Super-Earths, objects slightly larger than Earth and slightly smaller than Uranus, have found a special place in exoplanetary science. As a new class of planetary bodies, these objects have challenged models of planet formation at both ends of the spectrum and have triggered a great deal of research on the composition and interior dynamics of rocky planets in connection to their masses and radii. Being relatively easier to detect than an Earth-sized planet at 1 AU around a G star, super-Earths have become the focus of worldwide observational campaigns to search for habitable planets. With a range of masses that allows these objects to retain moderate atmospheres and perhaps even plate tectonics, super-Earths may be habitable if they maintain long-term orbits in the habitable zones of their host stars. Given that in the past two years a few such potentially habitable super-Earths have in fact been discovered, it is necessary to develop a deep understanding of the formation and dynamical evolution of these objects. This article reviews the current state of research on the formation of super-Earths and discusses different models of their formation and dynamical evolution.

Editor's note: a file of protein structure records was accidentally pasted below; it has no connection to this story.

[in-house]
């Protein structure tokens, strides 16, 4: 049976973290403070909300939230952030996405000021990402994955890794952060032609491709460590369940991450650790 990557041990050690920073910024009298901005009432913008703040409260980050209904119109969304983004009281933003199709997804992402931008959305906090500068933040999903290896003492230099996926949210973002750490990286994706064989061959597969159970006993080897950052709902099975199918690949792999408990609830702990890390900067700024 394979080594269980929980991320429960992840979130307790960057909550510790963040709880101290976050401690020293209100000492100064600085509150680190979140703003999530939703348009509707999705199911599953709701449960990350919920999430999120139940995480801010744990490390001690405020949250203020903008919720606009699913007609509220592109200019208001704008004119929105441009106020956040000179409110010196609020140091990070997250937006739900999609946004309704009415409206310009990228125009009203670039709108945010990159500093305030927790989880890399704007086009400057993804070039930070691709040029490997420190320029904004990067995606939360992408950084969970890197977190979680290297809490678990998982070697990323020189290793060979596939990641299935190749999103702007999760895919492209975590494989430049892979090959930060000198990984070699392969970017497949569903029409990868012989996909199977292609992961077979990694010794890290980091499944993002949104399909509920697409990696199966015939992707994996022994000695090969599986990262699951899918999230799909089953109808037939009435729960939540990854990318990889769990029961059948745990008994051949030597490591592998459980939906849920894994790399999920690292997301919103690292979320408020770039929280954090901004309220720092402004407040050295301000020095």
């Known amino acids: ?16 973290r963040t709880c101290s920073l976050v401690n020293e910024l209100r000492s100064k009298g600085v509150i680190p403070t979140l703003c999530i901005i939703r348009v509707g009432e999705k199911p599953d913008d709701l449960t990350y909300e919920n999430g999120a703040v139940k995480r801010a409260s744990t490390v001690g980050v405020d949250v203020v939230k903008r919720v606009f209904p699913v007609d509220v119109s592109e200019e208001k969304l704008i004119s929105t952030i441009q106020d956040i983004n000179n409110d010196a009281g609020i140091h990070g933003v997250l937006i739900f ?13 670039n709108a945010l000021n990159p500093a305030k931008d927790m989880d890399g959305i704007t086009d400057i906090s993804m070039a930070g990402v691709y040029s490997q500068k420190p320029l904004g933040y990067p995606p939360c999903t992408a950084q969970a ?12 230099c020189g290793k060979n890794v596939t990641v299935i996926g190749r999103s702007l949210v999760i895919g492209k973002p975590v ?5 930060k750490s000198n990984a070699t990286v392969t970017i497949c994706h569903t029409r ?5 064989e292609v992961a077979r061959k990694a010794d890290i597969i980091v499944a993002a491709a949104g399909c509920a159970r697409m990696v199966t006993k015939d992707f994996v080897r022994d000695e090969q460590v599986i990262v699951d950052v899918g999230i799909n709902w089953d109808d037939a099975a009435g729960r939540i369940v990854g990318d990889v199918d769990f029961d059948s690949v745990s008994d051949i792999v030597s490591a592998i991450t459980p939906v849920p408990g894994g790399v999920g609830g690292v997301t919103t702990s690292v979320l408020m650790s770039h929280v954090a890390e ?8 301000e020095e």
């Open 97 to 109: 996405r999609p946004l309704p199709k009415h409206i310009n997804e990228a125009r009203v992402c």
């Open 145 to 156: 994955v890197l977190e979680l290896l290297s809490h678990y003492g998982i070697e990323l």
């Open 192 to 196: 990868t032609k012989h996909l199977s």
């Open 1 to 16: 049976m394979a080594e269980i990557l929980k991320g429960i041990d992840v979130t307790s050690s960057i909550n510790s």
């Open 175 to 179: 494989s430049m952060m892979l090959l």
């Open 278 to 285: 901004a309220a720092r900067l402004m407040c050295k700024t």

Annual Review of Earth and Planetary Sciences
- Pub Date:
- May 2013
- Astrophysics - Earth and Planetary Astrophysics
- 38 pages, 7 figures, 2 tables, published in the Annual Review of Earth and Planetary Sciences, Volume 41. The published paper with high resolution figures can be obtained from the Annual Reviews website (http://www.annualreviews.org). Posted with permission from the Annual Reviews